Psych signed off earlier this year with a sweet, quiet finale that was quickly buried in the collective uproar over How I Met Your Mother. I was baking sumbitch cookies for a HIMYM party when I could have been catching up on Psych’s last season, and I have to live with that, but I’d be remiss if I never said goodbye to my first TV rebound.
I was having dinner with Sage of Head Over Feels on Wednesday when her phone buzzed with the news that Enlisted had been canceled. We had just been saying ten minutes earlier that we really believed the show could find an audience if the network would give it a chance.
Enlisted deserved better than what it got, bumped to Fridays with a constantly changing lead-in and little promotion beyond a few posters in my subway station. And it deserved to air in order. The story was told on note cards that were shuffled up before airing; the fact that I loved every episode anyway, even when I was expected to know characters before we’d been properly introduced, says the show was doing its job better than most. Enlisted wore its heart on its sleeve without getting sappy. The Hill brothers were key in that area, not only because their relationship was the show’s core, but also because they grounded each other. If any one of them risked veering too far toward sentiment or irreverence, there was always someone to pull him back. (more…)
Let’s all take a moment to give thanks for The Mindy Project, Mindy Lahiri, Mindy Kaling, Mindy Kaling’s work on The Office, and basically anything with this woman’s name on it. Mindy adds something wonderful to the Hollywood showrunner conversation because she refuses to be defined by one aspect of her identity. Her character is the same. Dr. Mindy Lahiri practices medicine and loves romantic comedies. She wears bright dresses (“And this outfit, well, even I had a couple misgivings when I put it on this morning, but it’s COLORFUL”) and is moderately useless around the house (“You know my plan in an emergency is just to count to ten and wait for death’s embrace”). She chases down a one-night stand because she thinks he left his scarf at her place as a kind of secret Cinderella code, and she gives a college-age woman birth control and a safe place to stay.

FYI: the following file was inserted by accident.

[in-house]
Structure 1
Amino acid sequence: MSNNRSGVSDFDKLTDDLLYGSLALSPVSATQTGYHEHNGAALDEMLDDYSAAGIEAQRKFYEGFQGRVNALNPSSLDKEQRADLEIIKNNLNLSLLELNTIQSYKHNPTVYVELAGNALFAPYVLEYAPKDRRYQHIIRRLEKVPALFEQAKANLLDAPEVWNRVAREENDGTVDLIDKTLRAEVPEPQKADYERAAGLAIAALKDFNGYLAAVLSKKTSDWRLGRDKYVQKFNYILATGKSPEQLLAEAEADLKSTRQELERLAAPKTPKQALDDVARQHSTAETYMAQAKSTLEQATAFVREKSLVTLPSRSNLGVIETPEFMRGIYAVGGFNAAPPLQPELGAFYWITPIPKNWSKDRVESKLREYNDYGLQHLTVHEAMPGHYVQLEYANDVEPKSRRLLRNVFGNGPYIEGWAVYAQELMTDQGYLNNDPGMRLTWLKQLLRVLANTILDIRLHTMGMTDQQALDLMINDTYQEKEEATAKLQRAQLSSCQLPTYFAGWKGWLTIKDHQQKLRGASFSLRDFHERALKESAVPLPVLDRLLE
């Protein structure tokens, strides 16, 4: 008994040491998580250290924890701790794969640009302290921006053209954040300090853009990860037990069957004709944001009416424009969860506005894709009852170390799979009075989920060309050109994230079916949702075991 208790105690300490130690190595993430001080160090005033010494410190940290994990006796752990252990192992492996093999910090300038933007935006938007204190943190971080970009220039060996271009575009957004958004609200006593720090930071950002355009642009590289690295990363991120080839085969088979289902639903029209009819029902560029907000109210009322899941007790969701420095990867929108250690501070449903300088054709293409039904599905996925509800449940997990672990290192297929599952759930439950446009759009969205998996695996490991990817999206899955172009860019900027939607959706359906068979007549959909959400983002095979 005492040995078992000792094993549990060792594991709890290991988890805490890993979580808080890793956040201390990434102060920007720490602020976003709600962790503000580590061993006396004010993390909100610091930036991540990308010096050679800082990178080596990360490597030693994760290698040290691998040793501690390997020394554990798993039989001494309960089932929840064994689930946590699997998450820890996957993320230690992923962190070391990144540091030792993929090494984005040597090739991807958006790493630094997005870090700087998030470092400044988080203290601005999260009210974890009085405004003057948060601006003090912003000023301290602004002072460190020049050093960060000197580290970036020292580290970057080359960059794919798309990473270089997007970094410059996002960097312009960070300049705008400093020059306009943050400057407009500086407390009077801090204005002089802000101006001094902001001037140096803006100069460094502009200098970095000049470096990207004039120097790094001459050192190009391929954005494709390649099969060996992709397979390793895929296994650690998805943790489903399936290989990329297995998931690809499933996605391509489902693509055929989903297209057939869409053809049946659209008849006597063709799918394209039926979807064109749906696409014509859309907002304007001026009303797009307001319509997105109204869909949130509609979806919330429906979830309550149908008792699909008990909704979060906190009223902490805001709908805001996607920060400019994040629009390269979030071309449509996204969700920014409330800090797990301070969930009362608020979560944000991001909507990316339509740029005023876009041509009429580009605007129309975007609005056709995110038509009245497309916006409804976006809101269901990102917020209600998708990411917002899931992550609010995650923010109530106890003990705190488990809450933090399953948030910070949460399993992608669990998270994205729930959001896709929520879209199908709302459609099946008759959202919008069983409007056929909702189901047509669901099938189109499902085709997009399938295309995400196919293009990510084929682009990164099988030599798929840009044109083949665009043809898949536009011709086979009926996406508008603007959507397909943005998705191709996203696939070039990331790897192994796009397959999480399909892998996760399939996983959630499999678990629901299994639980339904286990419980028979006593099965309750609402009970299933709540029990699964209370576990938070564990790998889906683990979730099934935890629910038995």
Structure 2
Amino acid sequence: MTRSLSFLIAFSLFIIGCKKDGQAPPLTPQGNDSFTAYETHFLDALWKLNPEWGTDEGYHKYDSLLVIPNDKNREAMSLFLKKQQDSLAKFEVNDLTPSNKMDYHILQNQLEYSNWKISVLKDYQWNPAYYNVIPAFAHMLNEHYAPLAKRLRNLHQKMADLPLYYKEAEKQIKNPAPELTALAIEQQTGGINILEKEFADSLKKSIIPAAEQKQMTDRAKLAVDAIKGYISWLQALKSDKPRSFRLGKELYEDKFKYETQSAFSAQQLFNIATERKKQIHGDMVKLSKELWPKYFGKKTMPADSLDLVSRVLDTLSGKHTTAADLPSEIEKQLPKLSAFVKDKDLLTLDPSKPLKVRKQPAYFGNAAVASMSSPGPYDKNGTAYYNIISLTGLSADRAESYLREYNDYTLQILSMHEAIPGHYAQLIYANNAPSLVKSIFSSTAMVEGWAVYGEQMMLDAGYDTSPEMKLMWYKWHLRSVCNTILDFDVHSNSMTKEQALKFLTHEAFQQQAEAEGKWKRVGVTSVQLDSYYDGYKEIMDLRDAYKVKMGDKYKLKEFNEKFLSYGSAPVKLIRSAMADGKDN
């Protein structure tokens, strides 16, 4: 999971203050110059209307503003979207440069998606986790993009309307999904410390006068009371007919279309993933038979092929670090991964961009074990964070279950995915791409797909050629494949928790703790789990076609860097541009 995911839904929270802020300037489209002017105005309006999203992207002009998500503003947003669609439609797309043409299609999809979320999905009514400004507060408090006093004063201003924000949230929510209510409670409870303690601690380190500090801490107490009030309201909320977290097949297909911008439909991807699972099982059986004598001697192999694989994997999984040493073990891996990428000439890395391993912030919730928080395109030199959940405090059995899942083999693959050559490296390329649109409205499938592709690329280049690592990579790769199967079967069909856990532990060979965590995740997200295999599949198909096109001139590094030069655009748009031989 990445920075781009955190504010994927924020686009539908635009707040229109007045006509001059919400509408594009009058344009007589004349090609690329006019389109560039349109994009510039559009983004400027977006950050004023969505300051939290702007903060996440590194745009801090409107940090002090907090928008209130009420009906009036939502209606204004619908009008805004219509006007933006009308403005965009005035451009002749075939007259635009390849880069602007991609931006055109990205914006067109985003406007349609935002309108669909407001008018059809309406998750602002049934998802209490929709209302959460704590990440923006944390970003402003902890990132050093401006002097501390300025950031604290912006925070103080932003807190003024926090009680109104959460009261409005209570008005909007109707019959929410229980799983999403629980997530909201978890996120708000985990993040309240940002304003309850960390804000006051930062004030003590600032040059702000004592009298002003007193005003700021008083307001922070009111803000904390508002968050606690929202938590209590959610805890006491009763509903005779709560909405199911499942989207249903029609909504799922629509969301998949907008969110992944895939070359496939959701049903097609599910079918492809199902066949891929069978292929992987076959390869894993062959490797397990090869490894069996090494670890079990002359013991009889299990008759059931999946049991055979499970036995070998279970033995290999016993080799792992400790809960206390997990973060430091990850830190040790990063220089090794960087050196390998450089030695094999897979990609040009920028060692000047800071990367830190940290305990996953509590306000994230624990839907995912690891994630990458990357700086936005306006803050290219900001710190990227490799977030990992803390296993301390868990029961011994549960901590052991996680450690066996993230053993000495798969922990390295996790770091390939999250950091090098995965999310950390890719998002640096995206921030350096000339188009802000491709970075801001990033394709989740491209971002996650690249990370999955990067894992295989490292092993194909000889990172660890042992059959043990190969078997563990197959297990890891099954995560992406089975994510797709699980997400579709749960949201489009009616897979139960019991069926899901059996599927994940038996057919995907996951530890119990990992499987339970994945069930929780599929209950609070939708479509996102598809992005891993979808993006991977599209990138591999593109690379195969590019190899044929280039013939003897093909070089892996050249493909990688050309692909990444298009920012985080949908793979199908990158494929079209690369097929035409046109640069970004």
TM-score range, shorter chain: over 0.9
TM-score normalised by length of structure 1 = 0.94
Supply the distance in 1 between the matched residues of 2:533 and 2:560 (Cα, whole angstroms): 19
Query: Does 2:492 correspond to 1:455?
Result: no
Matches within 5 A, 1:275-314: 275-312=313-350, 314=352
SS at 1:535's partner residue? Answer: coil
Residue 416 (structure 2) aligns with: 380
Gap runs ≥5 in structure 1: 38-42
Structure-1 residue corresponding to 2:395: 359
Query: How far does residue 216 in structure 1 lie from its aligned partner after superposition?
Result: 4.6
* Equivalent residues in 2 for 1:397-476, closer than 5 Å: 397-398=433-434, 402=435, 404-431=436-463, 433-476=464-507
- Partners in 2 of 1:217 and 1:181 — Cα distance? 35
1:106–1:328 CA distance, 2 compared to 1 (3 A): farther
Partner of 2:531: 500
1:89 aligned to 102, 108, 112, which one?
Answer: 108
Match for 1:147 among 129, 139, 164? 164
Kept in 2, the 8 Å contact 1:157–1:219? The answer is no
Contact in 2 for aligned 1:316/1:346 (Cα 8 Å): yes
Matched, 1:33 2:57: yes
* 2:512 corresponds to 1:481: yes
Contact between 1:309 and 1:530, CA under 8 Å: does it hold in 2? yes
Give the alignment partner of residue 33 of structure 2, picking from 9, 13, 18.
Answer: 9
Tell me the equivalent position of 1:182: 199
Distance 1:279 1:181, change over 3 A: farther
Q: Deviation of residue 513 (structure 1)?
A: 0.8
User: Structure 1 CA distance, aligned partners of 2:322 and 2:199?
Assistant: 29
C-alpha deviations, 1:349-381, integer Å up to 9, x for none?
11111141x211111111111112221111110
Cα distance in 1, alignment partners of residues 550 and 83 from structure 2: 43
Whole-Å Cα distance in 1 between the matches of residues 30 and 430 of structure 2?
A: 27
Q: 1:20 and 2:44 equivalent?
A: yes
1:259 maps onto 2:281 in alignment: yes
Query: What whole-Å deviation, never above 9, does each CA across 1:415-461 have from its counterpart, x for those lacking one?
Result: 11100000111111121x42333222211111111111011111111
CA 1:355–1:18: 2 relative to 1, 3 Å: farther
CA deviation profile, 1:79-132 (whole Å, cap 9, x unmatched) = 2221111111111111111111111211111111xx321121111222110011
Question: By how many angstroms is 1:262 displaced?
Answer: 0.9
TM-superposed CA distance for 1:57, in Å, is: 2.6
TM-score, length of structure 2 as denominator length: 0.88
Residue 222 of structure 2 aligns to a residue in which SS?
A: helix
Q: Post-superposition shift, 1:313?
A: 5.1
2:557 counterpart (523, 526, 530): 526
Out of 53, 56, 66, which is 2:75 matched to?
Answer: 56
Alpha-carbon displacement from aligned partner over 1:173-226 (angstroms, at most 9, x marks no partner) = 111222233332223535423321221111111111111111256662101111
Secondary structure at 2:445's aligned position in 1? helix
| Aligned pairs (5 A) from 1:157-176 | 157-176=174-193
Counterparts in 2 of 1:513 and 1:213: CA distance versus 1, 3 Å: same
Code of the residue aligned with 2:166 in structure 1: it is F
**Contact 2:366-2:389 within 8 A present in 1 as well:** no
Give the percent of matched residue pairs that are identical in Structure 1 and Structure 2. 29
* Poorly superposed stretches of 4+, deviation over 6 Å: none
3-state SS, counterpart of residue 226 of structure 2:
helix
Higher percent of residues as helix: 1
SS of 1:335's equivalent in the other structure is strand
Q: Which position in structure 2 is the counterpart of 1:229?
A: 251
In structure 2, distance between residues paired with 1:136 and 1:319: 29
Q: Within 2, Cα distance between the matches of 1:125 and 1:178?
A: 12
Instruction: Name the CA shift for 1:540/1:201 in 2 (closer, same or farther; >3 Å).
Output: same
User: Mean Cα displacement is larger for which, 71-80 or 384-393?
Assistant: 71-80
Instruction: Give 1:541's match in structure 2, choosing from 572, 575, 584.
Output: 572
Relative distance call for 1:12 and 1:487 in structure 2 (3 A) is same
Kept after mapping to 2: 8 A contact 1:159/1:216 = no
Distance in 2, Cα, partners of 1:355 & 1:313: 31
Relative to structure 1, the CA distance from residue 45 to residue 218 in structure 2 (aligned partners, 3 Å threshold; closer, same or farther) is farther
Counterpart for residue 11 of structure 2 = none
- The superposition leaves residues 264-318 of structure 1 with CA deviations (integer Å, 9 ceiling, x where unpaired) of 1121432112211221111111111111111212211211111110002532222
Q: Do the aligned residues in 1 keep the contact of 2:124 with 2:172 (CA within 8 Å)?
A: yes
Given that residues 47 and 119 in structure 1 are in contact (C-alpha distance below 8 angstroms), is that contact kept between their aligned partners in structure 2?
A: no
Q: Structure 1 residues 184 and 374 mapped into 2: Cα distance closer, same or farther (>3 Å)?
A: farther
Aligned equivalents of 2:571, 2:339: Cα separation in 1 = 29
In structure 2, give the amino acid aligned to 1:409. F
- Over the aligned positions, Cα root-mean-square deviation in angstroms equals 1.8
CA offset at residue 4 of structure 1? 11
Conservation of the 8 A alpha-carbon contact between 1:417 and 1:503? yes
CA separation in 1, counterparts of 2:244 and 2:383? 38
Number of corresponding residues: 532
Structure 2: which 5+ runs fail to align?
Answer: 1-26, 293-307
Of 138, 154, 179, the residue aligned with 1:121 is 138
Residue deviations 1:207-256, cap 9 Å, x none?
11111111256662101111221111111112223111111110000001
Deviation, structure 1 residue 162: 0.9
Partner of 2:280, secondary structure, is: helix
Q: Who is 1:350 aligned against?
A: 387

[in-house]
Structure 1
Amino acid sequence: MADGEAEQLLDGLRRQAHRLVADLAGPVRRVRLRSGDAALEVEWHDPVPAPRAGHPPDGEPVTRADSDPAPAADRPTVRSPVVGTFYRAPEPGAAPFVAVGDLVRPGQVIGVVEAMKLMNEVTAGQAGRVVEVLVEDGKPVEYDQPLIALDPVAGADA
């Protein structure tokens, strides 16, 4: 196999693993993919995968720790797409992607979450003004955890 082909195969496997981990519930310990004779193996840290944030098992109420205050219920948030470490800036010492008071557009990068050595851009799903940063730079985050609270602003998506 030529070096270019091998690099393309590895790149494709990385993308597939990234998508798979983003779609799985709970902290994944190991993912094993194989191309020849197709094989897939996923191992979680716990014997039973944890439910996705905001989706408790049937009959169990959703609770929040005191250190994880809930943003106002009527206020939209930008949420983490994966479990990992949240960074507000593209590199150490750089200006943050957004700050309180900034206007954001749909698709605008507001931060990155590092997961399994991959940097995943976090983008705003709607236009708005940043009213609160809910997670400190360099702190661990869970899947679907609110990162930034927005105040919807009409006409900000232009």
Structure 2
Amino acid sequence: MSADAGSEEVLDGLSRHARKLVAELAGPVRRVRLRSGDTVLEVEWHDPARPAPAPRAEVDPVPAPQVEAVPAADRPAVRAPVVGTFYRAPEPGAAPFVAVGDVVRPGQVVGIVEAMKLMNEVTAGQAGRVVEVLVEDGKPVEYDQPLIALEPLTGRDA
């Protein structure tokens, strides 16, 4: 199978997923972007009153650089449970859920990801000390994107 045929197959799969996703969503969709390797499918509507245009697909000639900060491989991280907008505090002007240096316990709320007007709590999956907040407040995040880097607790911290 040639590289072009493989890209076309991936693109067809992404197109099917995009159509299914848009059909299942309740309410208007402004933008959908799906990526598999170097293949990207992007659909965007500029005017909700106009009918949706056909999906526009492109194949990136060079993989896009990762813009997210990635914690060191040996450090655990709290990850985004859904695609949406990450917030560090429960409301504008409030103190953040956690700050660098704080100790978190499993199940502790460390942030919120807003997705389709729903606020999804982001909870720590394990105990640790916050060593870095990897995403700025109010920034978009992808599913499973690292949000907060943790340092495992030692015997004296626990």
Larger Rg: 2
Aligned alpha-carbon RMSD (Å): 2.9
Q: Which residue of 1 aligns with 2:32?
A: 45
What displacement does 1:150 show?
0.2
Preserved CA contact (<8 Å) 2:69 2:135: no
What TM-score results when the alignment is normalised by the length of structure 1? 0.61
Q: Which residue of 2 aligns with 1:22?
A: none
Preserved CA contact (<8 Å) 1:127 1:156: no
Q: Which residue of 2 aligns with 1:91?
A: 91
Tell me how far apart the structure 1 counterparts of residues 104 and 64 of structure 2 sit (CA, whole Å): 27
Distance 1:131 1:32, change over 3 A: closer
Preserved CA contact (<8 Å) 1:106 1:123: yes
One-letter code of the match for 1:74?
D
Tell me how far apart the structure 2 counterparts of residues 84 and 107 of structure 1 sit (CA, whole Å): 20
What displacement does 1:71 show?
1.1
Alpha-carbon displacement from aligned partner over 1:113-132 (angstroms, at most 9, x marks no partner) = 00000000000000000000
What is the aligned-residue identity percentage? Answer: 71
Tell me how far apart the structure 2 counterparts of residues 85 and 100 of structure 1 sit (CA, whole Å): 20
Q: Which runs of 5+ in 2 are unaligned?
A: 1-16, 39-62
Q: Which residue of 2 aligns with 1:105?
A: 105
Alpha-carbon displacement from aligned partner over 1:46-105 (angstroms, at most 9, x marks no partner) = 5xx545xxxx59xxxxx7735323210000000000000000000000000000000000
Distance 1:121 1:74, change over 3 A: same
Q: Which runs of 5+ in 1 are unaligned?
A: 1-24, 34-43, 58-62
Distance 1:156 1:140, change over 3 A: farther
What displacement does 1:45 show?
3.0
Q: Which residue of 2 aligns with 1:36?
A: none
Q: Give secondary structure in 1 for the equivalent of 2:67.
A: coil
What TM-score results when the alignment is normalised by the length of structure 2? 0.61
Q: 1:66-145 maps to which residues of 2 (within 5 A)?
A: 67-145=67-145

Not a single part of this should be revolutionary. (more…)
I don’t know of a lot of places with just the usual four seasons. New York has a second winter, which turns out to be harsher than the first because it comes with the sunburn I got when I thought it wasn’t winter anymore. Boston sets its calendar by its sports. Growing up in Florida, we had hurricane season and caterpillar season, lovebug season and snow bird season, and that one week in December when we could almost justify wearing scarves. And in Pawnee, they’ve got flu season.
“If you believe in something, you sign your name to it.”
Remember when Leslie accidentally performed a marriage ceremony for gay penguins, and suddenly everyone had an opinion on her, and it threw her into a panic? Pawnee doesn’t like it when government officials take a stand. This town will do everything in its power to tear down anyone who makes herself visible. That’s still true, but Leslie’s not afraid anymore. She’s signed her name to this town merger, and she’s going to make it work.
1. Economy sized pack of toilet paper, no pants. (more…)
Last night, we said goodbye to Ann Perkins (Ann Perkins!) and Chris Traeger. Two of the most beautiful rule-breaking moths in Pawnee are off to start their new life in Michigan, and I’m still in mourning. When I first read that Rashida Jones and Rob Lowe were leaving Parks and Rec midway through the season, the woman standing next to me in the elevator probably thought I was having a heart attack, because I put my hand to my heart and gasped, and I saw her take a step back. (I saw you, lady.) What is it with comedies and people LEAVING lately?